This latest blow for the health of Wisconsin wolf population makes it apparent Stepp’s leadership skills are below standards, to the point of a complete loss of ethics. The Oxford dictionary defines ‘ethics’ as ‘A branch of knowledge that deals with moral principles.’
The western schools of ethics break it down into three concepts or codes. The first being virtues such as justice for one. Then the second is duty such as morality. Thirdly that the principle of conduct for the benefit of the greatest number.
We now have a DNR administration completely unable to monitor or enforce if dogs are killing wolves. It is illegal for hunting dogs to engage and kill wildlife. Remember that US Fish and Wildlife Services are supposedly monitoring how well DNR can manage its wolves. After all, wolves were extinct or extirpated from our woods a few short decades ago and certainly could happen again if not managed wisely.
Stepp’s WAC committee is run by citizen pro-wolf hunters that lack a moral compass. It is important to know that these fringe hunters are crafting this wolf hunt to suit their own agendas. Asking the wolf hunters to voluntarily submit to an inspection is outrageous and almost comical. Do you really think any hunter whose dogs just killed a wolf will volunteer for this sham?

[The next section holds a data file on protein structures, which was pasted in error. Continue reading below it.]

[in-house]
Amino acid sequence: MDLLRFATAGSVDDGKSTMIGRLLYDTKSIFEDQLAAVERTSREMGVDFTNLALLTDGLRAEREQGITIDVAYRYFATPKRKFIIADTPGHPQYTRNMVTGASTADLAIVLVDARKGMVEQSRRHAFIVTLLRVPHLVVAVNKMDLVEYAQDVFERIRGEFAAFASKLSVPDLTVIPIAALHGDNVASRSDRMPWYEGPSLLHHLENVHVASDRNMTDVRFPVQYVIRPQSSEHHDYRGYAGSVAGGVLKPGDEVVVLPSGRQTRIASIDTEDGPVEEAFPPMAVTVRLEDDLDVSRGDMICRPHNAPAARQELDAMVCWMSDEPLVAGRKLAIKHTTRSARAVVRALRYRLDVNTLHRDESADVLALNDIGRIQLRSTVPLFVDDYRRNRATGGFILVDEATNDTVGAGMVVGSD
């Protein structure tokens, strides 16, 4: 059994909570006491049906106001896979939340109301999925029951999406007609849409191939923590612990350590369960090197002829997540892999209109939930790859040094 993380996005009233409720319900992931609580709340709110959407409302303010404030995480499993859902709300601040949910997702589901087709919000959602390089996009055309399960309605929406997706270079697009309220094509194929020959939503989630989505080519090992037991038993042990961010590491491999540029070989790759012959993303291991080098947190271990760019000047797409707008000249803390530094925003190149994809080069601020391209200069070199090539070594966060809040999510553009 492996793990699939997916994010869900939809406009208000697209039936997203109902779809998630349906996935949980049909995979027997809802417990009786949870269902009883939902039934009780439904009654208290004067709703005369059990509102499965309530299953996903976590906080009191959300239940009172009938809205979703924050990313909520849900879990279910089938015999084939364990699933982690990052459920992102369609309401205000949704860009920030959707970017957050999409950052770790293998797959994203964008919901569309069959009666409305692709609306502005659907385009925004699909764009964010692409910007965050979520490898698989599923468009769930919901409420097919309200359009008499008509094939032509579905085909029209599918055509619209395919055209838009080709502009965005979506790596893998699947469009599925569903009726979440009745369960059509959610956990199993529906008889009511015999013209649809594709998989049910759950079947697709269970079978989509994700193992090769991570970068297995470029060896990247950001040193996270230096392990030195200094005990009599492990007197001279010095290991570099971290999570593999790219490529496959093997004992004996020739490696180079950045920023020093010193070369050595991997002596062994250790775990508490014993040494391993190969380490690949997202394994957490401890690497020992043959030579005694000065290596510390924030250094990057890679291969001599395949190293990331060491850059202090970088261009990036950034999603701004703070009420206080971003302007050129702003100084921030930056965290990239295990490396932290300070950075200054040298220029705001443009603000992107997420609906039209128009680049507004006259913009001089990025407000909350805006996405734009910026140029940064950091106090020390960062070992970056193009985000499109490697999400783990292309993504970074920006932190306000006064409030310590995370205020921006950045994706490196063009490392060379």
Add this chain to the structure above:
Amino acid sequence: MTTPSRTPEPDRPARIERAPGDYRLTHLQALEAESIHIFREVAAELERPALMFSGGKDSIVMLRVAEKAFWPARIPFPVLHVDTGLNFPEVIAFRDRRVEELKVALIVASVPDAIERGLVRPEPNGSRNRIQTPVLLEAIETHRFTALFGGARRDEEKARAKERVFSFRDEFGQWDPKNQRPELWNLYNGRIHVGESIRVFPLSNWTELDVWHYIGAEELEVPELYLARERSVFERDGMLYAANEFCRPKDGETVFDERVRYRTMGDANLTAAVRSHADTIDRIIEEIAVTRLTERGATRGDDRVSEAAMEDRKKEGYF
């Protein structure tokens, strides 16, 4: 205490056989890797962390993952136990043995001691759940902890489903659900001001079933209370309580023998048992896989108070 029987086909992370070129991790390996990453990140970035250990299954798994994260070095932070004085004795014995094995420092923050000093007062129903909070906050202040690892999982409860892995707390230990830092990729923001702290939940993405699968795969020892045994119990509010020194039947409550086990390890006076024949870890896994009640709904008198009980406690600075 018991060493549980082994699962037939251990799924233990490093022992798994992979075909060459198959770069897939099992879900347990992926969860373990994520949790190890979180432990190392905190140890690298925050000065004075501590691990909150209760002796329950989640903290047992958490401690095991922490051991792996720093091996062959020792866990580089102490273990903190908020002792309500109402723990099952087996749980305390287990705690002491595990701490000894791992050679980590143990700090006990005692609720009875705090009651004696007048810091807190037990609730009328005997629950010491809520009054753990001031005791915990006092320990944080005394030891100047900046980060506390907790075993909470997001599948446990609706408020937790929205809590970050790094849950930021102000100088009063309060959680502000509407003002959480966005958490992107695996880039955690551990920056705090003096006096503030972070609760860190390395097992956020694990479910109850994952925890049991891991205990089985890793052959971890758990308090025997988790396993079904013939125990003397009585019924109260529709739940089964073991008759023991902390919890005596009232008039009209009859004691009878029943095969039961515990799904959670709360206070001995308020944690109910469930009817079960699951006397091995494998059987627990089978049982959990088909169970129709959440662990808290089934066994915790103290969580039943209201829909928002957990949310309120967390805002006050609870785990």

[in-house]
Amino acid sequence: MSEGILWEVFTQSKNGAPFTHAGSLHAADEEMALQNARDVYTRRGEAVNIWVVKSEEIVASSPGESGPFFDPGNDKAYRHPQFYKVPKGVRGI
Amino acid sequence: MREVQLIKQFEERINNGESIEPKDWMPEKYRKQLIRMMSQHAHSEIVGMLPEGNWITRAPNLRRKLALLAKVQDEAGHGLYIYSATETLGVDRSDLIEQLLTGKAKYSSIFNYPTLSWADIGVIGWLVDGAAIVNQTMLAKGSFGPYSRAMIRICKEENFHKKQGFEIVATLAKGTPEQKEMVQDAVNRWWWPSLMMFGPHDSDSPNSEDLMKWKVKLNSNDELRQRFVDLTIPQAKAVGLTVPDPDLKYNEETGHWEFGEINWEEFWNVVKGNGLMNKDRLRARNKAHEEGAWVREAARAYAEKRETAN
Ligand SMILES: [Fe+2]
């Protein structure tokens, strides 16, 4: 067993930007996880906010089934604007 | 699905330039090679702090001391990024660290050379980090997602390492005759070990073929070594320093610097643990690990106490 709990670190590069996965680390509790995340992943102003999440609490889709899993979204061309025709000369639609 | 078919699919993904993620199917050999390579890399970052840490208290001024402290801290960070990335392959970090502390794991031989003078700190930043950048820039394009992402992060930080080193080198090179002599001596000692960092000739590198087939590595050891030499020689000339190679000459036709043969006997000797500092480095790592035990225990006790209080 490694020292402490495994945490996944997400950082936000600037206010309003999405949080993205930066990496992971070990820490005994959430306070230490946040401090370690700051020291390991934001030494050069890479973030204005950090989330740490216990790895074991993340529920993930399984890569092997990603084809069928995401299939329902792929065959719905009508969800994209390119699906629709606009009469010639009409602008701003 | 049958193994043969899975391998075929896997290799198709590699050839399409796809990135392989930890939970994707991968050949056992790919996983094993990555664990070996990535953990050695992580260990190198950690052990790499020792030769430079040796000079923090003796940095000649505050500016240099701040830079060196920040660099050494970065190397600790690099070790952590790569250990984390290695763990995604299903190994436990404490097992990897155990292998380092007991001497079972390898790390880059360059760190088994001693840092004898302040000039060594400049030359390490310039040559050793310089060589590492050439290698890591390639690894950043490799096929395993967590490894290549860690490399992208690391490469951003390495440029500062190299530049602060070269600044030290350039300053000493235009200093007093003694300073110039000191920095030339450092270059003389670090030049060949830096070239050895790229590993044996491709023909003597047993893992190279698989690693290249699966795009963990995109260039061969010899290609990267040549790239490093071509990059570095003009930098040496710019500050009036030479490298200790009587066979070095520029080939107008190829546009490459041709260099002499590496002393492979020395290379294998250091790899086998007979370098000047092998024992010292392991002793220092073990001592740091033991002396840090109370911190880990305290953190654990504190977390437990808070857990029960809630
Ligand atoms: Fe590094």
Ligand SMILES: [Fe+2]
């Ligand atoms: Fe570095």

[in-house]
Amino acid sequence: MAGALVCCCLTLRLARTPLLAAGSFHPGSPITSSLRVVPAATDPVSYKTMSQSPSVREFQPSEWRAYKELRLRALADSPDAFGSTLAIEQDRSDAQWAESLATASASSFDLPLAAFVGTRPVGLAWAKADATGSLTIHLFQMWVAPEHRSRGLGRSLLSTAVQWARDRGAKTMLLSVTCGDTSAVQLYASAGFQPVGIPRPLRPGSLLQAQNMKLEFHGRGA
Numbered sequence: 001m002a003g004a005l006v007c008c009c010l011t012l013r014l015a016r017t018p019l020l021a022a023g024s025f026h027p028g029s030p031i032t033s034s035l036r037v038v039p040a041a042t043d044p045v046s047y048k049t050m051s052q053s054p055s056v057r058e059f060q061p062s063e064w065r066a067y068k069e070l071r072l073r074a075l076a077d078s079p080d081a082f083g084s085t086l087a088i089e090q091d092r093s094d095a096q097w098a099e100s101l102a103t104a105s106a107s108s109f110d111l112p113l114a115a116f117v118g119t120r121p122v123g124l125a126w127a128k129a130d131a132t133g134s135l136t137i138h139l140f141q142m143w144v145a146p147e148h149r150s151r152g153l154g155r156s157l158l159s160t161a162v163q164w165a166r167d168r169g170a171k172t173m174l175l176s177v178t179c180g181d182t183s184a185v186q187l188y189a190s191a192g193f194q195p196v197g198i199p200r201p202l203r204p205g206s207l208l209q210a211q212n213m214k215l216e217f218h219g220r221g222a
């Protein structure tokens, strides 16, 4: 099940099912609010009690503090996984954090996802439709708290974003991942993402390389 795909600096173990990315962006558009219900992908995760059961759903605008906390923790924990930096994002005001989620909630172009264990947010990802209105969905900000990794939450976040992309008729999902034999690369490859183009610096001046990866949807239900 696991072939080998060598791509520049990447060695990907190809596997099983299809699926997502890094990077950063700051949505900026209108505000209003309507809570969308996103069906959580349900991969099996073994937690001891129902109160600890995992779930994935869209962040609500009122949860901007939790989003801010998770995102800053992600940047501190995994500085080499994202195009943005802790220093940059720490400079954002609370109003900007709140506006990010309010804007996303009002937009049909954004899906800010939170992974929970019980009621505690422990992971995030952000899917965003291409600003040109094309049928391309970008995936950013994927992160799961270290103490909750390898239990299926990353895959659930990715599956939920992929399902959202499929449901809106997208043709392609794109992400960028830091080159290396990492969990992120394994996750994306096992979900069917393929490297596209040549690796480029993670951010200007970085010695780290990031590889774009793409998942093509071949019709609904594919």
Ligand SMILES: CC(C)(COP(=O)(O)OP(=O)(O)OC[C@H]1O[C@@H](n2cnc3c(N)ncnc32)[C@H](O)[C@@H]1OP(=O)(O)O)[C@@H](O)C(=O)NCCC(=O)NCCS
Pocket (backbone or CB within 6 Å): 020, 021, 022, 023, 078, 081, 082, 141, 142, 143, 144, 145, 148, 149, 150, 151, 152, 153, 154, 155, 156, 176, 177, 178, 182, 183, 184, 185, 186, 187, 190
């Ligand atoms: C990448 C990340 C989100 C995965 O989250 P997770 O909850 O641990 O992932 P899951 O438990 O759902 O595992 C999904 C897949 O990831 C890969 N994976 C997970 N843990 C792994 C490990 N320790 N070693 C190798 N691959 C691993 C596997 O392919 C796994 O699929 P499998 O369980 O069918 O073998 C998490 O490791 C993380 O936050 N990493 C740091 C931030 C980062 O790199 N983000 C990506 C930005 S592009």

This can be compared to asking a serial killer to volunteer to present his human kill to a medical examiner. Where is the professional conduct in this? Where is the justice for the illegally killed wolf/wolves?
The public perception is that dogs are killing wolves and that’s illegal. And rules to monitor this controversial method of hunting should have been in place for the first wolf hunt. We are now approaching the third wolf hunt season.
I’ve said it before and I’ll say it again, Stepp must resign for dereliction of duty, because she willfully refuses to carry out her duties as DNR Secretary.
Citizens want wolves in Wisconsin and do not approve of the use of dogs in the wolf hunt. Public input must be respected.